Current position: Teacher at the National University of Colombia, Colombia
Research focus: Eco productive architecture
In his Master´s thesis he developed a local green roof system, made out of recycled and locally sourced materials, with the aim to make Bogotá a more eco-friendly city. His research aims to develop tools to improve the assessment of eco-productive buildings.
For his achievements, Andrés was awarded a Green Talent in 2011. Over the last few years, he has worked alongside the World Green Infrastructure Network and the Colombian Network of Green Infrastructure RECIVE to promote building greening in cities, as an effective way of generating environmental services. He successfully postulated Bogota as the city host for the World Green Infrastructure Congress 2016 and launched THE-NEXT-GREEN Awards, a worldwide competition for green infrastructure.
CV as submitted for the Green Talents award (2011):
University of Hong Kong, China
Research focus: Eco-Productive Architecture
Ricardo Andrés Ibáñez Gutiérrez is investigating how green building performance can be taken a step further. The next generation of green buildings will create a human-managed platform to produce and deliver environmental services in addition to optimizing energy consumption and reducing environmental impacts.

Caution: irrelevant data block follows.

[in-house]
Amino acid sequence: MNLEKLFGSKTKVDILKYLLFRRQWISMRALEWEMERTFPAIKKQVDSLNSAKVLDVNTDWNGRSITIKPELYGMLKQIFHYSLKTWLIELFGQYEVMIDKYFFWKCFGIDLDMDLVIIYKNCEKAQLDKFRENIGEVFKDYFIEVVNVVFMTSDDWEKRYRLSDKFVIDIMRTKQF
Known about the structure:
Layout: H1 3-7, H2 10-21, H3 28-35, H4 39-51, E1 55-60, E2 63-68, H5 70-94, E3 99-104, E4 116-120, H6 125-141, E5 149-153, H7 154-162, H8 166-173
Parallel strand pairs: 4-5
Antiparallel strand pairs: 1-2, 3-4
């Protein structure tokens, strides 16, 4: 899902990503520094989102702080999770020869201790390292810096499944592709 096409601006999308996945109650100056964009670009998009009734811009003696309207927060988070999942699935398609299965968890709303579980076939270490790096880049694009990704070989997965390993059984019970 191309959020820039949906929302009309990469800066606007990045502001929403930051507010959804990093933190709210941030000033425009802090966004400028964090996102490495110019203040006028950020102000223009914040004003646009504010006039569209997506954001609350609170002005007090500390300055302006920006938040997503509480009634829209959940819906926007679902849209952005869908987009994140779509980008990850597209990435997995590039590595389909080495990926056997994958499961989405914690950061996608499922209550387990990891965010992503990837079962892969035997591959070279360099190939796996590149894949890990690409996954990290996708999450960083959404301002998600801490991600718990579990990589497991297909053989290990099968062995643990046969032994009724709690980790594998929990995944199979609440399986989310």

By incorporating a wide range of eco-productive technologies such as biotectonics, photovoltaics and environmentally responsive materials, buildings can improve the quality of the environment in urban areas by purifying air, managing water, absorbing noise, regulating the climate or creating a habitat for biodiversity, among many other eco-services. The human-built environment can even be designed to produce food and surplus energy from the sun.
These grand ideas are the focus of the young Colombian's work at the University of Hong Kong, where he is a doctoral candidate. Ibáñez is building on the work he did during his master degree studies at the National University of Colombia, where he developed and studied local green roof systems made with recycled and light local materials to improve the quality of the environment in Bogotá. His research aims to advance the current green building assessment tools by developing methodologies to assess eco-productive buildings so that they can take part in ecosystem services trade-off schemes.
Ibáñez has experience as a consultant for environmental assessment, as a designer of green buildings and as a university teacher.
In Ibáñez's home country, he was amongst the first people to introduce the concept of vegetated architecture as a sustainable technology to improve the quality of urban areas. He is the founder of the Colombian Network of Vegetated Infrastructure, and he penned the official green roofs technical guidelines for Bogota to be incorporated in the sustainable building standards of the city.
The jury noted Ibáñez's broad scientific experience in eco-productive architecture, an area it sees as having much potential, given the rapid growth of the number of megacities in the world. In addition, the jury was impressed with his numerous publications and awards, as well as his teaching experience.
Ibáñez is keen to visit Germany, where the first positive energy architecture examples were implemented and where modern technology for roof greening started to be developed in the 1960s. "Today, Germany is the top country in development, implementation and policy on vegetated infrastructure. I look forward to meeting German pioneers in the field of eco-productive building," he said.